Business networking events. Some people look forward to them, others may secretly groan when they show up on the schedule. The long and the short of it is: if you’re going to attend, make them count. The key is to have a plan before you even leave the office.
• Set a goal of how many new contacts and how many previous acquaintances you will make contact with. This keeps you on track to maximize the opportunity.
• Determine how and when you will follow up with people after the event.
• Bring extra business cards. (Of course.)
• Gathering cards is more important than handing out cards. Someone doesn’t have cards? Jot their info on one of yours.
• Keep a permanent marker with you and jot down what you talked about and your next step (pens don’t write well on business cards).
• Tell people that you will follow up (and then do). Then they will be more receptive to hearing from you. Plus, you’ll be more apt to do it because you said you would.
• As soon as you leave the event, take a moment to sort through the business cards you collected; rank and categorize them by how they fit into your network and how you can help one another.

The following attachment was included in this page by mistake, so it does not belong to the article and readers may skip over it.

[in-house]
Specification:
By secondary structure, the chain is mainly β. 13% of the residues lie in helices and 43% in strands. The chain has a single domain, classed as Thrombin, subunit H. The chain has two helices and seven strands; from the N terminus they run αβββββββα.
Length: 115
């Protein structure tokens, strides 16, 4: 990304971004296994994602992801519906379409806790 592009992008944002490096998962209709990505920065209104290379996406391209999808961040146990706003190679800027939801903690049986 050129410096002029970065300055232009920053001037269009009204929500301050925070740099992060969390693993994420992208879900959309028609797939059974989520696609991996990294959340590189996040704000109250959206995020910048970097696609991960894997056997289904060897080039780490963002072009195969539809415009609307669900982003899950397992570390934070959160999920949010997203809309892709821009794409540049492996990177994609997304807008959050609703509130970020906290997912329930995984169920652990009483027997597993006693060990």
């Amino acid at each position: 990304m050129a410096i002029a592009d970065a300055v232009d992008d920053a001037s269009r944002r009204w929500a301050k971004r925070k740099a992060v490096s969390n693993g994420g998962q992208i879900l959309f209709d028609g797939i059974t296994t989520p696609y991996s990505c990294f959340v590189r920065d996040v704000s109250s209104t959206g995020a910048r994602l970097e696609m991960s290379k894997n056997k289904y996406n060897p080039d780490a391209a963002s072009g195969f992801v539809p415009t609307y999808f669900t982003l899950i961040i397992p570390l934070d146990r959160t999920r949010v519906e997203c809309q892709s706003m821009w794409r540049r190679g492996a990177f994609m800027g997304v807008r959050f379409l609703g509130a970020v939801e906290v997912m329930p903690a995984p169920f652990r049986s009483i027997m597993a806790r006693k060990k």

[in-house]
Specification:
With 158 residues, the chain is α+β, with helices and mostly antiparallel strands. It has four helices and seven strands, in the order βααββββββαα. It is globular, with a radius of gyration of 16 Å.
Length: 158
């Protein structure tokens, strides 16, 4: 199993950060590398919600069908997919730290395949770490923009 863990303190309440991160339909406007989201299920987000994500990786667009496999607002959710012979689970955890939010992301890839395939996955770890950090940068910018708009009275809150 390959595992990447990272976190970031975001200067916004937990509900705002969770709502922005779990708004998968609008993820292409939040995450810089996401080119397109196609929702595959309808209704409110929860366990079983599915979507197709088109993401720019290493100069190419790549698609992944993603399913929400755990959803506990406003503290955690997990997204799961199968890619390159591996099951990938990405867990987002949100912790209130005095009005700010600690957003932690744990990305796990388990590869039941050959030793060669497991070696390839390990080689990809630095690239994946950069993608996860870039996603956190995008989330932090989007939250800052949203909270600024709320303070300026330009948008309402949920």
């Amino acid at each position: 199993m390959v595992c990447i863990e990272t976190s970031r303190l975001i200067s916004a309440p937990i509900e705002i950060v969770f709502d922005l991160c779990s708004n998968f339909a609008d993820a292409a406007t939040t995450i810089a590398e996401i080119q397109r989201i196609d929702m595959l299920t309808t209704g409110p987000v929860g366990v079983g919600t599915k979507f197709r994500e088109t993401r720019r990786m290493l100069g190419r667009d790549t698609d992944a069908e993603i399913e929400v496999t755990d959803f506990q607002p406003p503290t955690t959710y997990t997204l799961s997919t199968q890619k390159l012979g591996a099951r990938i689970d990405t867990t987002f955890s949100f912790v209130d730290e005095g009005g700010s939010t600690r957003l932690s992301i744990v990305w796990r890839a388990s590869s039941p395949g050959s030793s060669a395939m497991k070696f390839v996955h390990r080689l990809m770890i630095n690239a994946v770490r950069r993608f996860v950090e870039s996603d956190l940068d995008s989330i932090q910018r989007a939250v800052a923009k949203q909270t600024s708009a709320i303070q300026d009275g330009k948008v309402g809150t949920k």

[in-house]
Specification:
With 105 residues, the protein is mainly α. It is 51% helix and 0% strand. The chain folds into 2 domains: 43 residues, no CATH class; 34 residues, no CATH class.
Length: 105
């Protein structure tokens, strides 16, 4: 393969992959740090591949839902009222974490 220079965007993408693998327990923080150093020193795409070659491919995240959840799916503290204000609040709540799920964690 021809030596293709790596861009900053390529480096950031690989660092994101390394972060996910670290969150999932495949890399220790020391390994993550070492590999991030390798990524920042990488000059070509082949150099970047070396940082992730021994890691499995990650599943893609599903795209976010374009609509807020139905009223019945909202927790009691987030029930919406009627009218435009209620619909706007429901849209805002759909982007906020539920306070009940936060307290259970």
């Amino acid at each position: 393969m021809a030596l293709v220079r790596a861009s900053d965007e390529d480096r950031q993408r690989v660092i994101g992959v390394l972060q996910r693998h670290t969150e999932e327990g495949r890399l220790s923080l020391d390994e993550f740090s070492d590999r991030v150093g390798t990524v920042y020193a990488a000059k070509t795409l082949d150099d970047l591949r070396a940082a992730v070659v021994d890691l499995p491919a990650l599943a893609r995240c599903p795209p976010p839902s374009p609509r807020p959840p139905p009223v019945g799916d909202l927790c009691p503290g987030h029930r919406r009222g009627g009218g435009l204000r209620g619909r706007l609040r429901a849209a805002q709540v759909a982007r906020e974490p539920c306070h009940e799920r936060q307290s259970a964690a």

• Don’t just leave the cards you gathered on your desk. Enter them into your database and schedule contact dates in your calendar.
• Add each new contact to your LinkedIn network.
• Follow up with a quick email or phone call within 24-48 hours. Schedule this on your calendar. Seriously, set aside the time and make yourself do it. Remember, you told them you would.
• Share a resource with them–something helpful (e.g. a blog, article, book suggestion, or person they should connect with)—not a sales piece. Give first and expect nothing in return.
• Make it personal, “It was great meeting you yesterday. Enjoy your family get together this weekend.”
• Following up once may not work. Touch base on a regular basis. You’re simply staying connected. Next time you see them, they’ll (hopefully) remember you.
• Invite your new contact to another event you will be attending. This is a great way to interact with more of your contacts face-to-face.
Continue to give and don’t expect reciprocity – it will come on its own. When you’re connecting with someone, you’re communicating with their network. The idea is to keep your name and what you do at the top of their minds. Your product or service doesn’t have to apply to them, use the strength of that one connection to open many doors.
Networking is part of business growth, and two important aspects go hand-in-hand:
1) You’re creating awareness of your brand and your existence. 2) You must capitalize on that awareness through follow up. To put it bluntly, without follow-up, you’ve wasted the opportunity.